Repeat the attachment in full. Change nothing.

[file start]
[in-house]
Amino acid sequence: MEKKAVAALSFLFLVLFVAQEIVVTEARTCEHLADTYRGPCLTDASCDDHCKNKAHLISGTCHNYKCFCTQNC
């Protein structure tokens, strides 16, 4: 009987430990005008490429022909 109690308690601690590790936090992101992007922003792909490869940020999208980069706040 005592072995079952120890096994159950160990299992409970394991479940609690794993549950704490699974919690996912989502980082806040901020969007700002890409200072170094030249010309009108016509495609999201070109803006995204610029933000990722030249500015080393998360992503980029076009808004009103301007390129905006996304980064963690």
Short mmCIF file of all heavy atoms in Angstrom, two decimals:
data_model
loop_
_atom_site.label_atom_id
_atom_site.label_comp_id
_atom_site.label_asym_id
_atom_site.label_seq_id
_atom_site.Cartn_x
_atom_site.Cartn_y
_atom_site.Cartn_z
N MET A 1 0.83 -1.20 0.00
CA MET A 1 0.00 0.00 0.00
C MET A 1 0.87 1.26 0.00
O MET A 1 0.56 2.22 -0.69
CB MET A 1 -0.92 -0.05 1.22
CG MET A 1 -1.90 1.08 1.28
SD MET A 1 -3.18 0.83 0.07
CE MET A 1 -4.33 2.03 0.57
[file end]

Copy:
[in-house]
Amino acid sequence: MEKKAVAALSFLFLVLFVAQEIVVTEARTCEHLADTYRGPCLTDASCDDHCKNKAHLISGTCHNYKCFCTQNC
């Protein structure tokens, strides 16, 4: 009987430990005008490429022909 109690308690601690590790936090992101992007922003792909490869940020999208980069706040 005592072995079952120890096994159950160990299992409970394991479940609690794993549950704490699974919690996912989502980082806040901020969007700002890409200072170094030249010309009108016509495609999201070109803006995204610029933000990722030249500015080393998360992503980029076009808004009103301007390129905006996304980064963690």
Short mmCIF file of all heavy atoms in Angstrom, two decimals:
data_model
loop_
_atom_site.label_atom_id
_atom_site.label_comp_id
_atom_site.label_asym_id
_atom_site.label_seq_id
_atom_site.Cartn_x
_atom_site.Cartn_y
_atom_site.Cartn_z
N MET A 1 0.83 -1.20 0.00
CA MET A 1 0.00 0.00 0.00
C MET A 1 0.87 1.26 0.00
O MET A 1 0.56 2.22 -0.69
CB MET A 1 -0.92 -0.05 1.22
CG MET A 1 -1.90 1.08 1.28
SD MET A 1 -3.18 0.83 0.07
CE MET A 1 -4.33 2.03 0.57